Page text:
Fundamental and long-running macroeconomic problems were intensified by the pandemic.Import restrictions, price and exchange controls do not address the real causes.
Treating symptoms instead of the underlying causes is a recipe for disaster.
The continuation of such policies will lead to the deterioration of the economy, elevate scarcities, disadvantage the poor who are more vulnerable and in the long run lead to even higher prices and lower output due to lack of investment.
Sri Lanka’s GDP growth over the last decade has been alternating between short periods of high growth and prolonged periods of low growth. This is a result of the state-led, inward looking policies of the last decade.
A comprehensive reform agenda must be built around five fundamental pillars:
i) fiscal consolidation – The need to manage government spending within available resources and to reduce debt are paramount. Revenue mobilization must improve but the control of expenditure cannot be ignored. Budgetary institutions must be strengthened and there must be reviews not only of the scale of spending but also the scope of Government.
ii) Much of government expenditure is rigid – the bulk comprises salaries, pensions and interest so reducing these is a long term process. Reforming State Enterprises, especially in the energy sector and Sri Lankan Airlines is less difficult and could yield substantial savings. Continued operation of inefficient and loss-making SOE’s is untenable under such tight fiscal conditions. Financing SOE’s from state bank borrowings and transfers from government reduces the funds available for vital and underfunded sectors such as healthcare and education. Excessive SOE debt also weakens the financial sector and increases the contingent liabilities of the state. Therefore SOE reforms commencing with improving governance, transparency, establishing cost reflective pricing and privatisation are necessary. This can take a significant weight off the public finances and by fostering competition contribute to improvements in overall economic productivity.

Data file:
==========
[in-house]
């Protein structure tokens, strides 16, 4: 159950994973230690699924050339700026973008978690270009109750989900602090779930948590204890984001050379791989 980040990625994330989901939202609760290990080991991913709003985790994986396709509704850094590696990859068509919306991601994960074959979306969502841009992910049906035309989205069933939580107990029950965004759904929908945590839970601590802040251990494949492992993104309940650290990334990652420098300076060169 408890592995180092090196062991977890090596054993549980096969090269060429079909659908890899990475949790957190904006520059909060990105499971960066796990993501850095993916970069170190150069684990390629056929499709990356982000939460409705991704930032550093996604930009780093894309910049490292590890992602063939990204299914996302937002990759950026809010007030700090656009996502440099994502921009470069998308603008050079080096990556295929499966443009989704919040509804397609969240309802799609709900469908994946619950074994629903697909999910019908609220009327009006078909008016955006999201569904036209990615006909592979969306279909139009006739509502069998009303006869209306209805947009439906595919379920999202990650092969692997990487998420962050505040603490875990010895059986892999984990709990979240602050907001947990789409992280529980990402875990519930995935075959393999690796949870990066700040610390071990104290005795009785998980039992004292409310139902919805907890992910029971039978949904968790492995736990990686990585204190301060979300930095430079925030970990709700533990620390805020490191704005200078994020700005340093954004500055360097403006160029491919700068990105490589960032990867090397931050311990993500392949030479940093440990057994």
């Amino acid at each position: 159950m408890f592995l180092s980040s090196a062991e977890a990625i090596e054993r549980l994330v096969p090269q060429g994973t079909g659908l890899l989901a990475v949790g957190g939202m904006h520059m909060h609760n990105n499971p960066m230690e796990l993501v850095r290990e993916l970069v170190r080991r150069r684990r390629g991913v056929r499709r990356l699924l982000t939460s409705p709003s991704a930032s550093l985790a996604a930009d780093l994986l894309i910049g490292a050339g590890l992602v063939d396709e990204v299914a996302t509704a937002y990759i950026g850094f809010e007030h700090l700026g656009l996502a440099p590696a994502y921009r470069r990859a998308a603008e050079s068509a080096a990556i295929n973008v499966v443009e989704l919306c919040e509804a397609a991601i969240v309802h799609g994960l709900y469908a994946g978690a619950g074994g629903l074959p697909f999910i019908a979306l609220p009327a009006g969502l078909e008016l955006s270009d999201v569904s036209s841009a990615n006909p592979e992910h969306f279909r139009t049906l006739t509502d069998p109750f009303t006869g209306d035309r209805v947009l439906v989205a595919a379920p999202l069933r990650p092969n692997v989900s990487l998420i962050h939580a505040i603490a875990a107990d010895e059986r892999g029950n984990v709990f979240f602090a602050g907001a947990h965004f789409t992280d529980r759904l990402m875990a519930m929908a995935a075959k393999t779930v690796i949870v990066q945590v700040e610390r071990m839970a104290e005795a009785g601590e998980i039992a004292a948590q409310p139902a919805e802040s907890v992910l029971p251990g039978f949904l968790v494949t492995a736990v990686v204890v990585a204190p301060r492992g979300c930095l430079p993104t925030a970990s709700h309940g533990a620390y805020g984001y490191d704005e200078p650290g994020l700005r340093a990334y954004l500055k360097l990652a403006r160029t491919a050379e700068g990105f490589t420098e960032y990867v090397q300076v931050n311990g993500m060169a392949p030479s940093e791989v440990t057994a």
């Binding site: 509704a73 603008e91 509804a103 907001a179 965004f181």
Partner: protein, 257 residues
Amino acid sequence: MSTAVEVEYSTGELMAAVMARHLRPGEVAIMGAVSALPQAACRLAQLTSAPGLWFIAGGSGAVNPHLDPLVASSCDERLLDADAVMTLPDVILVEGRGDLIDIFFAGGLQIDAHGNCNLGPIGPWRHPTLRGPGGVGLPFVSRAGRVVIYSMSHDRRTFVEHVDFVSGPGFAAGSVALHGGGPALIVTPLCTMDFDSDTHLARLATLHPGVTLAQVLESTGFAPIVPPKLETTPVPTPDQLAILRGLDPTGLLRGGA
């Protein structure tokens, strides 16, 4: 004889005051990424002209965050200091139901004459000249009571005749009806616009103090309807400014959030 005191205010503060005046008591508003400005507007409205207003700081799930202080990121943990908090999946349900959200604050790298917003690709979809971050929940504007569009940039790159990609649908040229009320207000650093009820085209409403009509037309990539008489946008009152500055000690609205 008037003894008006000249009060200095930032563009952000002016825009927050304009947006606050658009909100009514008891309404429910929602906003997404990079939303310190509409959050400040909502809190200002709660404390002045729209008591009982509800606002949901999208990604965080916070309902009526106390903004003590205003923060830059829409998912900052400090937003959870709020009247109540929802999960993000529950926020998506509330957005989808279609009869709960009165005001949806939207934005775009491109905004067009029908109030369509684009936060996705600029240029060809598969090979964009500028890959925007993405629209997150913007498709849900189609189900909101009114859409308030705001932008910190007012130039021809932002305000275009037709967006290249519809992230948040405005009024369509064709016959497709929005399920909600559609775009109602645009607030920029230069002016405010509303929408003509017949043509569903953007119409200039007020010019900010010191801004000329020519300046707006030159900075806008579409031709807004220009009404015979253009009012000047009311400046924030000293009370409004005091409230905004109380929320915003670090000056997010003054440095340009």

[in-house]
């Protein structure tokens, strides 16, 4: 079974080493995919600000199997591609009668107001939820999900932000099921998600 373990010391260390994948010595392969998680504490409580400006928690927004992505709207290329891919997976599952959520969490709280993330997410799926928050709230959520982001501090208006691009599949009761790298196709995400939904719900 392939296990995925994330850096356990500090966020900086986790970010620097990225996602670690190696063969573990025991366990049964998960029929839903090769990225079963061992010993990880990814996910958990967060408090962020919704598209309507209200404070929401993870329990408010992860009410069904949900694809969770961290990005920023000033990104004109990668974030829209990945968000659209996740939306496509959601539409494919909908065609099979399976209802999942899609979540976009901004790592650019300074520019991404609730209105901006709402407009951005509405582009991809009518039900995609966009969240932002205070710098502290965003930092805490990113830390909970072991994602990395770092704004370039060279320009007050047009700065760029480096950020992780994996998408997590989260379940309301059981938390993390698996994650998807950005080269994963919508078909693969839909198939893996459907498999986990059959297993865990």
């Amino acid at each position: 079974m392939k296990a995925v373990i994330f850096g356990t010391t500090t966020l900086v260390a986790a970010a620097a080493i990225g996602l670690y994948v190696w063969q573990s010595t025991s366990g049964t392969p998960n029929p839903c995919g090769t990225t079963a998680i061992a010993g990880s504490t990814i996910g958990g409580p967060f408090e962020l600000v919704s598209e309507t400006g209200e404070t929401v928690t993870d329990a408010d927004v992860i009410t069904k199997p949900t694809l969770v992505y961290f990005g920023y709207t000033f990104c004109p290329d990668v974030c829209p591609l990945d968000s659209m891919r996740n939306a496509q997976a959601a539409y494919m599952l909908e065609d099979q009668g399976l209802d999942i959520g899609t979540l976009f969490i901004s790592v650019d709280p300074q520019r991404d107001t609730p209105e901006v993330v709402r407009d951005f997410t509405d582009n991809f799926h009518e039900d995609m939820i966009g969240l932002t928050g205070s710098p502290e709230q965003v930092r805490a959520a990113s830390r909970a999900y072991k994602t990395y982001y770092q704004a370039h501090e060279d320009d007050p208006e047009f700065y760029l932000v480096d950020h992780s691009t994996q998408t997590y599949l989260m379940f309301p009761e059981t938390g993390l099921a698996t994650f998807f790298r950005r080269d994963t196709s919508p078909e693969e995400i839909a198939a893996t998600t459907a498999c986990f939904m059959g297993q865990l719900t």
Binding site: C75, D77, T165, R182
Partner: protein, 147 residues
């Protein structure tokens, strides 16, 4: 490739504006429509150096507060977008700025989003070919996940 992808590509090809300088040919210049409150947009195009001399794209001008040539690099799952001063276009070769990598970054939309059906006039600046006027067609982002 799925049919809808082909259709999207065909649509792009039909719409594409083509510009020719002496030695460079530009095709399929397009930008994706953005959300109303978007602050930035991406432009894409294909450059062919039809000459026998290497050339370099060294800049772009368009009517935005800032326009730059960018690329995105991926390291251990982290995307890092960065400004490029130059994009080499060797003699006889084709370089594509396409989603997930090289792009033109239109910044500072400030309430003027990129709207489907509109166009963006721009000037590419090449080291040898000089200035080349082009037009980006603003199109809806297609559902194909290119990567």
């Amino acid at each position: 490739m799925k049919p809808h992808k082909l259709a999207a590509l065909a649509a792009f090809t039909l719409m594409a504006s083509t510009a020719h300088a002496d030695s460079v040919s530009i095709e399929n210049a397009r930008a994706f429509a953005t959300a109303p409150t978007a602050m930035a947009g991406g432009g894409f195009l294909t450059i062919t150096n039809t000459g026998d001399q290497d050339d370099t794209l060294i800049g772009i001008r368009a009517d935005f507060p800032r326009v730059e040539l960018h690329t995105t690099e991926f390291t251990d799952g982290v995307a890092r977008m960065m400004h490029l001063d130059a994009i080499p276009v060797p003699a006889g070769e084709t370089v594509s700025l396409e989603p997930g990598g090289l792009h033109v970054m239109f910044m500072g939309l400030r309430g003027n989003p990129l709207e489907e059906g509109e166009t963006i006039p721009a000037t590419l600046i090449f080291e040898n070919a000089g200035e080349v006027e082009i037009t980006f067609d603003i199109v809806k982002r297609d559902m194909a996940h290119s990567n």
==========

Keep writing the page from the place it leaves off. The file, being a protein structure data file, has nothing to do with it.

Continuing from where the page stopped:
iii) Tighten monetary policy and maintain exchange rate flexibility. Immediate structural reforms include, Inflation targeting, ensuring the independence of the central bank by way of legislation and enabling the functioning of a flexible exchange rate regime. Further significant attention has to be placed on the financial sector stability with a cohesive financial sector consolidation plan, with special emphasis on restructuring of SOE debt.
iv) Supporting trade and investment. Sri Lanka cannot achieve economic growth without international trade which means linking to global production sharing networks. Special focus has to be given to reducing Sri Lanka’s high rates of protection which creates a domestic market bias in the economy along with measures to improve trade facilitation and attract new export oriented FDI.
Attempts to build local champions supported by high levels of protection have
(a) diverted resources away from competitive businesses,